Chardonnay in champagne
30% of Champagne plantings are Chardonnay, predominantly in the Cote des Blancs.
Chardonnay grapes in the champagne region are so much a part of the traditional champagne taste.
Now this is an entirely personal perspective, but I have had to try “harder” to appreciate the chardonnay in champagne, more than the pinots. That’s not to say it has been hard work (drinking champagne never is!) but it’s only been quite recently that I have started falling for the acidity that chardonnay brings.
Understanding the flavours imparted by the grapes
#ICYMI chardonnay grapes are one of just three different grape varieties that can be used to make champagne. The other types of grapes are both red grape varieties – pinot noir and pinot meunier.
Chardonnay in champagne is much slower to mature and evolve than the pinots. But once it does start to mature, its ability to age in champagne borders on the divine.
Chardonnay in champagne also brings two of the hallmarks of champagne – acidity and minerality. I always describe higher chardonnay blends or blanc de blancs (100% chardonnay champagnes) as fresh and light, almost the opposite of the depth and intensity of high pinot noir blends.
To help put it in context, I tend to think of the three grapes as sitting on a spectrum…
- from dark fruits and rich character at the pinot noir end to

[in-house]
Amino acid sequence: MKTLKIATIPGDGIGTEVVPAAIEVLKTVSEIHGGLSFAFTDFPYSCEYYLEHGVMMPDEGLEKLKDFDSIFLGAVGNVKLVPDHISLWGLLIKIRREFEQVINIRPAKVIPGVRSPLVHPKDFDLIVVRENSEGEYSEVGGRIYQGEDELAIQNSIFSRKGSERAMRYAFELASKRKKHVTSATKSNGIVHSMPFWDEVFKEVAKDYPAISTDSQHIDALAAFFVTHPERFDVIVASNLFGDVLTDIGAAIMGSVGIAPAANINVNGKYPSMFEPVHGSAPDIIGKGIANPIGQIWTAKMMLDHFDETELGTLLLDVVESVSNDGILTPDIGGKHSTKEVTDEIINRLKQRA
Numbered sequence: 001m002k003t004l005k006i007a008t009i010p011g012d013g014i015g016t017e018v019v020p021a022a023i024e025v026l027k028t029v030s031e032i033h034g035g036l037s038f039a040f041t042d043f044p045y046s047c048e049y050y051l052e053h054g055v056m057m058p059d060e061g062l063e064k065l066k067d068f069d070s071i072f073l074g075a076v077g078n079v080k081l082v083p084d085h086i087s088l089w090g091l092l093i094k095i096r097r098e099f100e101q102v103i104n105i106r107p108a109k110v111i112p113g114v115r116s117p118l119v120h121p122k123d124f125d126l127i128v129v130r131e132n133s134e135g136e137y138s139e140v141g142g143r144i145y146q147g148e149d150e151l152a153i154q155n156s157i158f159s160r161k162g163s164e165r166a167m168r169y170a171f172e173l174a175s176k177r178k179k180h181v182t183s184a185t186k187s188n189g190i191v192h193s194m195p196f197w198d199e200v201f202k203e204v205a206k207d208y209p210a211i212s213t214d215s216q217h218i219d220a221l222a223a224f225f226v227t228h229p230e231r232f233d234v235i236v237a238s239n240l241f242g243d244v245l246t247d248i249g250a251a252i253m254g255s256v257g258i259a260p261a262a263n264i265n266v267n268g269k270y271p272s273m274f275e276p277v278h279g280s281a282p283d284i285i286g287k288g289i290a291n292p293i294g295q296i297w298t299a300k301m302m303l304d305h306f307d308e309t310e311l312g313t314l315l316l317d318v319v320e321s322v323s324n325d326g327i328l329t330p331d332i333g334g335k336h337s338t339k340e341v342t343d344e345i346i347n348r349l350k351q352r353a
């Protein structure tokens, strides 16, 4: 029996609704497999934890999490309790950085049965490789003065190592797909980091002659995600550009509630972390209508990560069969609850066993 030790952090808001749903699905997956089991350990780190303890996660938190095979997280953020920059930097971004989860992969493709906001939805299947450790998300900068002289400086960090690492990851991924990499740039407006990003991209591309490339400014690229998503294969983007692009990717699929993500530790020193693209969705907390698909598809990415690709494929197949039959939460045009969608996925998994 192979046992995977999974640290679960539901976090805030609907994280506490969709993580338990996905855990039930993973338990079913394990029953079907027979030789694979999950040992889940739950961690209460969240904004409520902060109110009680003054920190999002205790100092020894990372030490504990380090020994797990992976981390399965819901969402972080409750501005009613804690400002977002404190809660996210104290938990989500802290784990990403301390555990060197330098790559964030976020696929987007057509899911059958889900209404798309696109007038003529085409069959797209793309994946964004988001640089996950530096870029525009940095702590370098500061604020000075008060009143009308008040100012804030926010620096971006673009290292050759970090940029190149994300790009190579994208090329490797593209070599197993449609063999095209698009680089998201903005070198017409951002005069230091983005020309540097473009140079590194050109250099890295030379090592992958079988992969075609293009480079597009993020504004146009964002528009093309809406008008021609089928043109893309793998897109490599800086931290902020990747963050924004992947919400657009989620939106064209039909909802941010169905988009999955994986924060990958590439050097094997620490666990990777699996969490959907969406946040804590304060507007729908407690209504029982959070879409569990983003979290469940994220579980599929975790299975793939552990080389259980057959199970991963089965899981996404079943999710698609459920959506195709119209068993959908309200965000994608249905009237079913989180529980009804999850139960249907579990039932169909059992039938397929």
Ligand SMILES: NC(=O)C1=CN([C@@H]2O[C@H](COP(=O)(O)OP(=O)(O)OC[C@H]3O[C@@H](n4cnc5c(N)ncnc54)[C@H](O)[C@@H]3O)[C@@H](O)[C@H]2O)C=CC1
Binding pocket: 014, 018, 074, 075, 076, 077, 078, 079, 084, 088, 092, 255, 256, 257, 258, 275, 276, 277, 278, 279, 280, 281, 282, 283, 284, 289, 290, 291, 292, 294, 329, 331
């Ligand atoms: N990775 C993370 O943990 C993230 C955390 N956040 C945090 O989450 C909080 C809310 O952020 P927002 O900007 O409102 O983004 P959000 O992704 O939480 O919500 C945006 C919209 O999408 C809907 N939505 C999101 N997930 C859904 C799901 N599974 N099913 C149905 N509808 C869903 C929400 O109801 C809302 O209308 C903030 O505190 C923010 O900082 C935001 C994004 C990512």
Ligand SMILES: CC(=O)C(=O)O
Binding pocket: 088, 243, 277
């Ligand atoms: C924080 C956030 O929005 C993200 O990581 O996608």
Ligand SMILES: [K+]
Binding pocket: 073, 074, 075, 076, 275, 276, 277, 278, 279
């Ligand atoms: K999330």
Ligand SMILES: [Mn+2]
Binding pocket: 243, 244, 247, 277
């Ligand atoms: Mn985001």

- light fruits and bright, fresh character at the chardonnay end with
- pinot meunier occupying the middle ground.
Chardonnay brings the lightness and elegance in champagne and is characterised by citrus flavours from lighter, pale or white-fleshed fruits… like apples, lemons, pears, white peaches, maybe lychees.
Every house uses a particular blend of the grapes for its NV wines, like a signature recipe. Once you start tasting more champagne and consider the grape proportions, I find most people start to develop an understanding of what drives their preferences for one house over another…. most people tend to gravitate to like houses that use either higher pinot, or higher chardonnay, or a more even blend.
Homework assignment #Champagneschool
If you want to try a high chardonnay blend or a blanc de blanc, I would start with Taittinger’s or Ruinart’s “R” de Ruinart (both 40% chardonnay). The blanc de blancs from these houses are also exceptional, as they are so focused on chardonnay in their wines, they make exceptional blanc de blancs.
Champagne Brimoncourt makes an 80% chardonnay NV champagne which I would describe as fresh and bold… and exciting. It may not be to everyone’s taste and it may not be traditional… but it is exciting. The crew behind this wine are clearly wanting to make a strong and creative mark with their wines and… that they do. This house is on my wish list to visit during my trip this July. A house to watch.
Santé my champs lovers
Make sure you post a pic and tag @bubbleandflute #Champagneschool to let me know you’re doing your homework and what you think!
More about champagne grapes
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